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The New Season of 'No Offence' Arrives on Acorn
January 7, 2019  | By David Hinckley  | 1 comment
Few shows walk the line between tragedy and humor as boldly as the British police drama No Offence.

This triumph for No Offence, whose third season becomes available stateside on Monday from the streaming service Acorn, arises largely from the shoulders of Joanna Scanlan (below), who plays Detective Inspector Vivienne Deering, and Elaine Cassidy (bottom), who plays Detective Sergeant Dinah Kowalska.

They’re cops in Manchester, England, working a wide range of cases in sometimes unorthodox ways. Kowalska, in particular, can act impulsively and has the ability to make the viewer occasionally think, “Huh?”

She and Deering are good pals who sometimes have professional disagreements. They’re deadly serious in pursuit of criminals and can be a little off-center in their personal lives.

Okay, sometimes they start edging toward I Love Lucy territory. But if you’re a criminal, you don’t want them after you.

The new season, a contained story with six episodes, takes a more political turn than the previous two.

No doubt inspired by the rise of populist political parties in Europe and elsewhere, creator Paul Abbott builds the story around a fictional far-right British party led by the brother/sister team of Dennis and Faye Caddy (Neil Maskell and Sharon Rooney).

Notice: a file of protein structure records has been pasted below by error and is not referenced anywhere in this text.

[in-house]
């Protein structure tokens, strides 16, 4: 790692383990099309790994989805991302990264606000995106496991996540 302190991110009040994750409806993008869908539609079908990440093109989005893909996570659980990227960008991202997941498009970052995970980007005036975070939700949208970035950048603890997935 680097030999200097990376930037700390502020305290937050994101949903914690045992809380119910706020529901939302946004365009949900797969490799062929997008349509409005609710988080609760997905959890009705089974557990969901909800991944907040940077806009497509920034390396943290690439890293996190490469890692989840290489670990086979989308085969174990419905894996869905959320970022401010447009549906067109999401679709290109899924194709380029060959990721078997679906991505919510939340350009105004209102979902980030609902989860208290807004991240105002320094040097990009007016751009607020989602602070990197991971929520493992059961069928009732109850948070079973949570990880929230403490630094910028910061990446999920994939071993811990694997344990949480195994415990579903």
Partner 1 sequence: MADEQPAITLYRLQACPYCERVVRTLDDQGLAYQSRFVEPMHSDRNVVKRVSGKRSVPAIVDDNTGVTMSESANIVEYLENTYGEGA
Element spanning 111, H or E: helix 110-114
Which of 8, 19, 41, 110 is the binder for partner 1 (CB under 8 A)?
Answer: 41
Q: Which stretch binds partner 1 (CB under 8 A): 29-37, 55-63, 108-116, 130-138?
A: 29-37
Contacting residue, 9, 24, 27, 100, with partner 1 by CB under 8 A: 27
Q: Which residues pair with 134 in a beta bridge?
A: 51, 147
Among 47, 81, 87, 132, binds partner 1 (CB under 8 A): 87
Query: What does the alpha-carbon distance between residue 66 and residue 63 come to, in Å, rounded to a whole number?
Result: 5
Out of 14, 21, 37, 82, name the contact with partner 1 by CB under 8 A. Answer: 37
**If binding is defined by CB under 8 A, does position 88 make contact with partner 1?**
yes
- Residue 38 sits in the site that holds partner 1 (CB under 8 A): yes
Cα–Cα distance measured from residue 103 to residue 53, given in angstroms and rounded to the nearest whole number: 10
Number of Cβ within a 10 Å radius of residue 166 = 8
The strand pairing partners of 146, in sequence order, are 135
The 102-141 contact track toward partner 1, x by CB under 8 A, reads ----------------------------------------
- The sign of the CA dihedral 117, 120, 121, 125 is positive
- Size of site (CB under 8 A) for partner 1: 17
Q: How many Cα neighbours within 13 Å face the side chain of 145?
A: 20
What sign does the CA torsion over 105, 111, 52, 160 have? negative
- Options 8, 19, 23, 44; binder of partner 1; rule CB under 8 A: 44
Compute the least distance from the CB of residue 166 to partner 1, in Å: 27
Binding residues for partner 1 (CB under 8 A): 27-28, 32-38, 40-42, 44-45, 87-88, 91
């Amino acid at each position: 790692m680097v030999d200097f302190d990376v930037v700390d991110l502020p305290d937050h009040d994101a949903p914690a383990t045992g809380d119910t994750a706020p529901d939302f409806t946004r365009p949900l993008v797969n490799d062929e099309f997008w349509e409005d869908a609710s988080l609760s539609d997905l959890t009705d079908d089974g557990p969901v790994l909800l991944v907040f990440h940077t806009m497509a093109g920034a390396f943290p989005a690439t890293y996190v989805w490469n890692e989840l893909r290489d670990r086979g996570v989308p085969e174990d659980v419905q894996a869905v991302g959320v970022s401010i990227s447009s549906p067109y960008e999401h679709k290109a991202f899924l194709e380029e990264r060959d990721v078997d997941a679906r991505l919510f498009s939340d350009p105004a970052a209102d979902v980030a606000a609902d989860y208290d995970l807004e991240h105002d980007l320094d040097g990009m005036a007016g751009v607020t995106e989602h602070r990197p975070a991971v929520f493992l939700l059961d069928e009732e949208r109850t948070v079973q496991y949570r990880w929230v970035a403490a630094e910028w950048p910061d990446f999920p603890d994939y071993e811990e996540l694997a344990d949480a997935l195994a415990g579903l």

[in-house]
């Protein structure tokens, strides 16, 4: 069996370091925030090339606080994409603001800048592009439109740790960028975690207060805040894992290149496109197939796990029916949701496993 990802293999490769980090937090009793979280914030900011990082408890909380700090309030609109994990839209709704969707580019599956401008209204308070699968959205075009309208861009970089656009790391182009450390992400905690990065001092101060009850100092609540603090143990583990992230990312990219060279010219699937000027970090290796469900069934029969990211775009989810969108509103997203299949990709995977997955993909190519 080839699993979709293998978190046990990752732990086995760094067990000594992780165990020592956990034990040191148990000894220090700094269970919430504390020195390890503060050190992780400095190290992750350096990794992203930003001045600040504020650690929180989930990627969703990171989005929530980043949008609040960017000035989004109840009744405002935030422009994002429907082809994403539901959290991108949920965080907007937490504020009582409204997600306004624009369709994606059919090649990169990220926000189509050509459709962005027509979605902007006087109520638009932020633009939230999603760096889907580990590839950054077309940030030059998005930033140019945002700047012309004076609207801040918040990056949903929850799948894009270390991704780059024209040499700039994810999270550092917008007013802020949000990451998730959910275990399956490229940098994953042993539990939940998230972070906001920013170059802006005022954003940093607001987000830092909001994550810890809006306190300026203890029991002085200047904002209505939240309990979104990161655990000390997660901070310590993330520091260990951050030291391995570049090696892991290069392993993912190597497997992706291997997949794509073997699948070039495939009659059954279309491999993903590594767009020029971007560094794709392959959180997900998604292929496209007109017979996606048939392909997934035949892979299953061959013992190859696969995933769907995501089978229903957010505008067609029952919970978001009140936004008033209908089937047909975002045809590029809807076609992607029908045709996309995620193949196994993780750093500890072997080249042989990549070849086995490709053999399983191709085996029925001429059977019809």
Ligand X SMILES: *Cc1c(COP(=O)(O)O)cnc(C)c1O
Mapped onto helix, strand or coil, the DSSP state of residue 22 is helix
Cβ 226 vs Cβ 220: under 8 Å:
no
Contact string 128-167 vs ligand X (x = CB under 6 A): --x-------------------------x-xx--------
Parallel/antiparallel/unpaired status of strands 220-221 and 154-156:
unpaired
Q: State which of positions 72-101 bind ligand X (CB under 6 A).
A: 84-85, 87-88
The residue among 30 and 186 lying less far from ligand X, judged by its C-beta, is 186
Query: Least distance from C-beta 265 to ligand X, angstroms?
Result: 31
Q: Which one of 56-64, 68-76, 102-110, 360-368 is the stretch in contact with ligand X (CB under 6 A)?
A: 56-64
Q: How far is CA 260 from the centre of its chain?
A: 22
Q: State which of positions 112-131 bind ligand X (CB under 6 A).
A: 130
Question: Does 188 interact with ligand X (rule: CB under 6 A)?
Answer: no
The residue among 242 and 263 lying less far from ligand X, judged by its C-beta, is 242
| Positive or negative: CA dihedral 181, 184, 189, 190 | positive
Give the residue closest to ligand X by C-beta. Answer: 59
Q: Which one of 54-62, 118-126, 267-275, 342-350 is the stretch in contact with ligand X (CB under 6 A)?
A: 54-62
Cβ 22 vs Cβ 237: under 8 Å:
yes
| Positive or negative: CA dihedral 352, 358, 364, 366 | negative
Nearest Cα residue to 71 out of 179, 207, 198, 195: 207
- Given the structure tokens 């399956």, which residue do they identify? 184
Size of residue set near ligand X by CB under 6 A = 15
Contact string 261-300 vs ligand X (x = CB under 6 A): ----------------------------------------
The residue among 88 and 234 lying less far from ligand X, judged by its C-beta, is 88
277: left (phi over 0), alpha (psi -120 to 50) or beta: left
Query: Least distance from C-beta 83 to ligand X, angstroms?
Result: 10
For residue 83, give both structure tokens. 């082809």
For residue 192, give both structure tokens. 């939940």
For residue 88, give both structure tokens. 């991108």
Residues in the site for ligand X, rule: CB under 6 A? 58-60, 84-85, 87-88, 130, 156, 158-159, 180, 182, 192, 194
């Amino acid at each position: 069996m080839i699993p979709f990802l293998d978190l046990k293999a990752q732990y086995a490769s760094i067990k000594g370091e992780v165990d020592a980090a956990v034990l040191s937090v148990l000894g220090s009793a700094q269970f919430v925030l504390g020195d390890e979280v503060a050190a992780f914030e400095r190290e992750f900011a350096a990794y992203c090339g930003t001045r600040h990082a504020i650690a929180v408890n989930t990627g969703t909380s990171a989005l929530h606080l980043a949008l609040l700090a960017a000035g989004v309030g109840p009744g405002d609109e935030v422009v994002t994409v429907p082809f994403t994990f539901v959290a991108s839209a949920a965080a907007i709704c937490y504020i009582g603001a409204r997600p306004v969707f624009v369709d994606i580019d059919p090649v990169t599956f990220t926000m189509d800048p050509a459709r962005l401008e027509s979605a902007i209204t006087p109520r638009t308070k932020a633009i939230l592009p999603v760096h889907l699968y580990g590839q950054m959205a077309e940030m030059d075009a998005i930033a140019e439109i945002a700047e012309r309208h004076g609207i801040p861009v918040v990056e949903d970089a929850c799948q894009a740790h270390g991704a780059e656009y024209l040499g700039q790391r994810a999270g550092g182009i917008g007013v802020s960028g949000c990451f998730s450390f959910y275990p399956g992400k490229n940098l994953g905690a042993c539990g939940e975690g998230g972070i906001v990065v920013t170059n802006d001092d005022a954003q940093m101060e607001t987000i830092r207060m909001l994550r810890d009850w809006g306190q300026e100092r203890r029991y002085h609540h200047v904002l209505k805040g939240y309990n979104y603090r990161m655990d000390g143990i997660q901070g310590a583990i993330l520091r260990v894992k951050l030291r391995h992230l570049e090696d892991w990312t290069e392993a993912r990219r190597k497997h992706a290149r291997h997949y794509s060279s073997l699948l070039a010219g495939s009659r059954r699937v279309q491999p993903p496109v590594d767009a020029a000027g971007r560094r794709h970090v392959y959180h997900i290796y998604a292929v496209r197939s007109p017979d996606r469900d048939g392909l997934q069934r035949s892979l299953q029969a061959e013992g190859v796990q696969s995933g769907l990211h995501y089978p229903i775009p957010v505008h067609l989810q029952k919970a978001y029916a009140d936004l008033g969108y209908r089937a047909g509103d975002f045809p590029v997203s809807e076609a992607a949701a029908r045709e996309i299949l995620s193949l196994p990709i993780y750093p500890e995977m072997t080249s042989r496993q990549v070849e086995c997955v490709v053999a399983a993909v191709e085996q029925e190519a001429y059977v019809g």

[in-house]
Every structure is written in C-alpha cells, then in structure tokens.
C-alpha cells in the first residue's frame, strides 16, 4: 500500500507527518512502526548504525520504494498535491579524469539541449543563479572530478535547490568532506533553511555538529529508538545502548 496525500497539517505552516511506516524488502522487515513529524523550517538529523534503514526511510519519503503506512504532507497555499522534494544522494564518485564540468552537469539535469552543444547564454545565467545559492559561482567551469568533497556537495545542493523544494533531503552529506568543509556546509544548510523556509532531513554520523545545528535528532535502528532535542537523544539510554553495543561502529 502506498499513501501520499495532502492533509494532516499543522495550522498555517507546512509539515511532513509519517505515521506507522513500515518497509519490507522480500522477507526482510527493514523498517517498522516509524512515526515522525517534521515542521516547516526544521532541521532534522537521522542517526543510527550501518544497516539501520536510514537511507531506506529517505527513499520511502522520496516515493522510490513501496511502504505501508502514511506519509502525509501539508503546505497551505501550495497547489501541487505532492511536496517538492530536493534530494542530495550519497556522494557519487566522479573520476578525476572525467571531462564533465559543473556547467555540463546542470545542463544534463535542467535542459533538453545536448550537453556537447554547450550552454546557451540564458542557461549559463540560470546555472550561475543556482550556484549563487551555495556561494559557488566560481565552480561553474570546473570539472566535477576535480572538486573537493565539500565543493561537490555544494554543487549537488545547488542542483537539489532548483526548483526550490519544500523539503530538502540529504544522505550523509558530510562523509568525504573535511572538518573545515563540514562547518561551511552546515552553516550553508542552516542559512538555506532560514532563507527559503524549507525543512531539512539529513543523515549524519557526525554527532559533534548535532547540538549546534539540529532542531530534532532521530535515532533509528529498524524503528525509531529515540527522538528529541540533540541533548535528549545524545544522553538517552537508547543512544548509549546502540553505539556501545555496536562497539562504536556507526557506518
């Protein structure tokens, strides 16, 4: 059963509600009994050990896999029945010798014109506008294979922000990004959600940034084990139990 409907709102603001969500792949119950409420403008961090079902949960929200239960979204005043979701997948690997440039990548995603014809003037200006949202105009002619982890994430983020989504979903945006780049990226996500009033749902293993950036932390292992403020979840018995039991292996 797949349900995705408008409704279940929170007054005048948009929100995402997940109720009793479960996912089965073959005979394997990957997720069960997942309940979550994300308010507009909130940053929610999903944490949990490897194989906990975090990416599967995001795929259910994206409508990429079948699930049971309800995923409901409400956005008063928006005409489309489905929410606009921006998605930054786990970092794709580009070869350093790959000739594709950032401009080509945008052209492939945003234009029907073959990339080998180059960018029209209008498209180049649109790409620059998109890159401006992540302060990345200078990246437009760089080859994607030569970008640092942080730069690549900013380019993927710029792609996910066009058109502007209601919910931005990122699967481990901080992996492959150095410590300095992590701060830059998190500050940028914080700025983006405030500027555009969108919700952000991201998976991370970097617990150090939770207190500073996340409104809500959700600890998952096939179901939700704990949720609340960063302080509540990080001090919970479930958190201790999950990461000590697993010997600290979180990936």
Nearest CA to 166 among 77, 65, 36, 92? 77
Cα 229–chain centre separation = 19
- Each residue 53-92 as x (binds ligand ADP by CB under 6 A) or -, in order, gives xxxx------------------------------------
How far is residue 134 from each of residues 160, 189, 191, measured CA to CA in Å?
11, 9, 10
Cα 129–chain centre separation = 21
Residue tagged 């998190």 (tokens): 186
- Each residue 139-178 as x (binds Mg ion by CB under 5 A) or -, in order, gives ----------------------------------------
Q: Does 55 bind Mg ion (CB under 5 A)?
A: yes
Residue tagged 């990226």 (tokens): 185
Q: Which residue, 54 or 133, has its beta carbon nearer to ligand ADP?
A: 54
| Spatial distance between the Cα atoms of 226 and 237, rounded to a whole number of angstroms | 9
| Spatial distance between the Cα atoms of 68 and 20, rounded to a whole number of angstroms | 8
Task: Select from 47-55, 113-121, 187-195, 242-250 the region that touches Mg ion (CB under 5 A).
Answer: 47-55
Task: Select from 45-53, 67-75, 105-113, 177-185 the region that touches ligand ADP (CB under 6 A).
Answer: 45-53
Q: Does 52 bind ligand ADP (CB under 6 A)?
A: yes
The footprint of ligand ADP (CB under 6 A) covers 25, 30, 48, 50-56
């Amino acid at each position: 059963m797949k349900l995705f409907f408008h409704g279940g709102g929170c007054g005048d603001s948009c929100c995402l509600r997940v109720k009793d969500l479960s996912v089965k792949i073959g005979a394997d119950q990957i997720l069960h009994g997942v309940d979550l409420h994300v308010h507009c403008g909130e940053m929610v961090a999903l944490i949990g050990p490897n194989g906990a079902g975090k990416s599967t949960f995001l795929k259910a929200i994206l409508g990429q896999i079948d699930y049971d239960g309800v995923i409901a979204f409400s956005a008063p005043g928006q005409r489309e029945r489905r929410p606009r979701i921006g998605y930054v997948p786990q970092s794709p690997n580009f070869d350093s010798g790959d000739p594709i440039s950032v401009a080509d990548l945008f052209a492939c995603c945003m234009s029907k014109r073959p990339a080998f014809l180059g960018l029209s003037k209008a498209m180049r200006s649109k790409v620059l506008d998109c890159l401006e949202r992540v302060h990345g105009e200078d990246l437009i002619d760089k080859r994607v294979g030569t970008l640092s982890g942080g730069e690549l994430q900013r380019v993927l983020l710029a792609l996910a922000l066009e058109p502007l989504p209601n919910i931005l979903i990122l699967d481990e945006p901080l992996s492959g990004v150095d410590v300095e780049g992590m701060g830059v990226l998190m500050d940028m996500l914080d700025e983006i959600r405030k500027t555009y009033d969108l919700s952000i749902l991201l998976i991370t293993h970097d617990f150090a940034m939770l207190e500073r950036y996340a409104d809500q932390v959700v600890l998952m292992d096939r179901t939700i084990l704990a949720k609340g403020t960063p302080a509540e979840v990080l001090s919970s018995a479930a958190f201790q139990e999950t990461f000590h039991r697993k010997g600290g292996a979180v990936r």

We meet them as they are attempting to disrupt a mayoral debate. The disruption turns tragic when a shooter pops up in the crowd, which leads to a rapid-fire series of events that leave a law enforcement officer dead.

The familiar light banter from the first few scenes of the opening episode vanishes as Viv, Di, and the rest of the team try to prove what they’re sure is true: that the right-wing group was behind the events that led to the death of their colleague.

It doesn’t turn out to be quite that simple for anyone, as we soon learn when we meet Bonnie Sands (Tamara Lawrence), who seems to be Dennis Caddy’s girlfriend and may, in reality, be something else. What else, no one is sure.

It’s a classic good guy/bad guy showdown in most ways. We like the police team, quirky and quarrelsome as they may be, and there isn’t much to like about the Caddys’ political party, which seems to be built on intolerance and militant nationalism.

Figuring out exactly what happened and pinning it on the real culprits, however, takes time. Happily, the twists don’t feel like filler. Abbott explores uncomfortable areas of the populist movement as well as some of the situations that have helped feed it.

Cassidy and Deering are intense and terrific as they figure out on the fly which rules they must bend to find their answers.

And one more piece of good news: Abbott has said he is working on ideas for a fourth season.

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Quirky, On the Fly, Unorthodox, you've used a few of the words that describe No Offence.I applaud you for trying a description. This is one of the most fun series on tv, if it suits your taste. UK, so cops w/o guns, rely on so much unspoken teamwork and creativity- simultaneously handling domestic violations, and crime gang cases simultaneously. All with a flair that I've not seen before. Often crude, and cynical,
but no more so than men's patrols, simply startling for a team of women.
But for the viewer-- fun. rapid fire dialogue, and they out-think the criminals.
Fantastic series for the right viewer.
Jan 7, 2019   |  Reply
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